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Cadillac's lesson for Republicans' old-white-guy brand

AP photo

AP photo

As Republicans dig themselves further into the immigration restriction hole, they should be mindful that brands are not easily refurbished. Republicans are burning their bridge to the fastest-growing minority in America, Hispanics –  a bridge that could take years to rebuild.

How long? Let the Cadillac brand tell you a story.

Caddy once dominated the U.S. luxury market. Got soft. Took the market for granted. Foreign competition like BMW and Lexus swooped in with better quality and performance – stealing away new generations of luxury buyers. Soon, the Cadillac brand was the car of old, white folks.

In the last decade, Cadillac has invested millions into shifting the brand’s image to appeal to a sexier, younger, edgier (literally in the case of the Caddy’s eye-catching, sharp-creased designs) demographic.

And yet, reports The Wall Street Journal, “Cadillac’s U.S. market share has remained relatively unchanged over the past 10 years, bouncing between a high of 1.35 percent in 2005 to 1.05 percent at the end of 2012.” Still in 5th place – behind BMW, Mercedes, Lexus, and Acura.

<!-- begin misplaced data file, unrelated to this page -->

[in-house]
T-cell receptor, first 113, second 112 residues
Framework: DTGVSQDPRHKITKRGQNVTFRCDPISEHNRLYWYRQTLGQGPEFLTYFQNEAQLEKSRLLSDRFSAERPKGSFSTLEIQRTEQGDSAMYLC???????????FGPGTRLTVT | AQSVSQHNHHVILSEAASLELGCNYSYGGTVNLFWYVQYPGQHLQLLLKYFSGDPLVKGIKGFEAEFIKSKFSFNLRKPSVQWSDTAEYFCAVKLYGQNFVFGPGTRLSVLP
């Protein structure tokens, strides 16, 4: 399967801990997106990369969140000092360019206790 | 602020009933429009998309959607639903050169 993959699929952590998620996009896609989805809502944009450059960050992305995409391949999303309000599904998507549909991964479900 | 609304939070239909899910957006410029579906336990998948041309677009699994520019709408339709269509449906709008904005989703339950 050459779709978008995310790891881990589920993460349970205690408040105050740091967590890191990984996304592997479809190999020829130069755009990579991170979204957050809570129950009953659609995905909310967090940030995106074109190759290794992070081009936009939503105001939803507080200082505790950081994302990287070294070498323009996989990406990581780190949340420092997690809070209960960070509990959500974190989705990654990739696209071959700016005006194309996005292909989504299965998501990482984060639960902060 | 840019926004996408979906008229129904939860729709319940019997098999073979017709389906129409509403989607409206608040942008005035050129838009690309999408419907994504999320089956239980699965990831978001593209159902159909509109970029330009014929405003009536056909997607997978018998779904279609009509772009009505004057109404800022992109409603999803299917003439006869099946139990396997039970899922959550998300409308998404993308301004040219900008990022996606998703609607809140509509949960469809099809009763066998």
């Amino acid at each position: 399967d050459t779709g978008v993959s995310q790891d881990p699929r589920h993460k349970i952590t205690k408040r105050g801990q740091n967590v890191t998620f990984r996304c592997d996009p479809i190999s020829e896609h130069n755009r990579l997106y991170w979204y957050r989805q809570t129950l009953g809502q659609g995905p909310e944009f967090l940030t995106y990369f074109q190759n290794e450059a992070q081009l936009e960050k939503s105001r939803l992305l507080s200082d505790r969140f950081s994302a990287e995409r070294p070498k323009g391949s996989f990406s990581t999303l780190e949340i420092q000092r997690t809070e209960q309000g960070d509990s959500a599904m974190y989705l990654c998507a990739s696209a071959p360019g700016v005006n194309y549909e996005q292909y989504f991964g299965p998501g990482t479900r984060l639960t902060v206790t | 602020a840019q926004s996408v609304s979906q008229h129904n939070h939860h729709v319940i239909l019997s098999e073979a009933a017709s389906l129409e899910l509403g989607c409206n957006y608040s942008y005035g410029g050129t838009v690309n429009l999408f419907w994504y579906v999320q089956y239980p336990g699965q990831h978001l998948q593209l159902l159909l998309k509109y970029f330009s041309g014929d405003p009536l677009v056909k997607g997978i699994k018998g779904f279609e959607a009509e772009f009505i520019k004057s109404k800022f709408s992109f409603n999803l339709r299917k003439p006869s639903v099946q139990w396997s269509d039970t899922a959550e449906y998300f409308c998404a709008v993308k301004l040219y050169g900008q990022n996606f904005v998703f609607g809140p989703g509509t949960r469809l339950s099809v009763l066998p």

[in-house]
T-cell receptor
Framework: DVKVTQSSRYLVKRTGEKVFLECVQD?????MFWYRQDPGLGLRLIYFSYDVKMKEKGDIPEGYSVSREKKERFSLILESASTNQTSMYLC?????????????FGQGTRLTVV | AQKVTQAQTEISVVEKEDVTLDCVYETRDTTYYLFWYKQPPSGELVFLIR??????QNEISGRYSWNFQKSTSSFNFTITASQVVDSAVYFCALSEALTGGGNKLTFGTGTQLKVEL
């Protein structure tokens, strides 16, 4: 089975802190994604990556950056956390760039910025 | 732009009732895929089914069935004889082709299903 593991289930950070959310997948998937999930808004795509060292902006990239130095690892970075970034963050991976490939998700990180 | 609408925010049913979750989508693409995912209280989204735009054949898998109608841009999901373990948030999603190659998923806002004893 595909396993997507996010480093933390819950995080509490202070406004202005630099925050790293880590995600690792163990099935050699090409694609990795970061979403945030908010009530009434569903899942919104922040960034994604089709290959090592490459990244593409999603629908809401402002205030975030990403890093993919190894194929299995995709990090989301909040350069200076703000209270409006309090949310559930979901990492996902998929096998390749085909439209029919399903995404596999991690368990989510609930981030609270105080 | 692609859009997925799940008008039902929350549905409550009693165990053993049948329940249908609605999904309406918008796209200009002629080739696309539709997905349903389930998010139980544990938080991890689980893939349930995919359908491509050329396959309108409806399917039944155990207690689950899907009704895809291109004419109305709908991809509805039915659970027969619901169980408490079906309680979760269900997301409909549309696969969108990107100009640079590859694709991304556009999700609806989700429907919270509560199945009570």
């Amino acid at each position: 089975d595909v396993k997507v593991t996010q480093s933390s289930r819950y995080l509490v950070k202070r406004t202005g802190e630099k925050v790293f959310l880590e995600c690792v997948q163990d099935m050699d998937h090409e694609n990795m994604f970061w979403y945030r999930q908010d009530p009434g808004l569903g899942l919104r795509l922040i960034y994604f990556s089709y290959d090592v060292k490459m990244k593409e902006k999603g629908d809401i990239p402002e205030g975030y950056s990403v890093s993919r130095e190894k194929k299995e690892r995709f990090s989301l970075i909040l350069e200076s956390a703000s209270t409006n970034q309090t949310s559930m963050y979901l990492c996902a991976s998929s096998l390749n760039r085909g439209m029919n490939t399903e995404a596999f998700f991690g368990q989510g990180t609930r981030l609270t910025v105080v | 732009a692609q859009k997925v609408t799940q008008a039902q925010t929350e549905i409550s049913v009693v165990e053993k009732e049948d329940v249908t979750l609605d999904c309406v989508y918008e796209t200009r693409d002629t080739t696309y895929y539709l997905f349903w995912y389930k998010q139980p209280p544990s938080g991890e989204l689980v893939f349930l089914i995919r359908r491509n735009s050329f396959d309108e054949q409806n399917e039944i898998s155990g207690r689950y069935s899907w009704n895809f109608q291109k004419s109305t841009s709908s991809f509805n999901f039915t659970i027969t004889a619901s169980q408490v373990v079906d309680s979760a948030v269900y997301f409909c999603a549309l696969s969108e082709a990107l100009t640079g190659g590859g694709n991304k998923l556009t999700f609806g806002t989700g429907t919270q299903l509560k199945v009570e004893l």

Republicans take note.

The immigration debate should play to the party’s strengths – promoting the Land of Liberty to new generations seeking the American dream. Against stubborn Democratic unionists who resent labor competition, Republicans should be championing immigration reform that recognizes that immigrants come here – not to be parasites – but to excel or to liberate their families from poverty back home in South America. Republicans could be Lady Liberty, championing  guest worker permits for low-skilled workers, putting them on a track for citizenship, American prosperity, and Republican votes.

Yet, the GOP has flubbed the opportunity. Instead of liberty lovers, they see foreign invaders. Instead of free labor markets they see free-loaders. They call themselves conservatives? And so their restrictionism further reinforces the GOP brand as the old, white guy’s party.

Sound familiar? Cadillac can tell you a story.

Henry Payne
Henry Payne is the auto critic for The Detroit News. A 25-year newspaper veteran, Payne is also a Pulitzer Prize-nominated cartoonist with United Feature Syndicate, a former columnist and editorial writer for The News, and a contributor to The Wall Street Journal, New York Post, and other publications. His auto reviews appear every Thursday in the Drive section.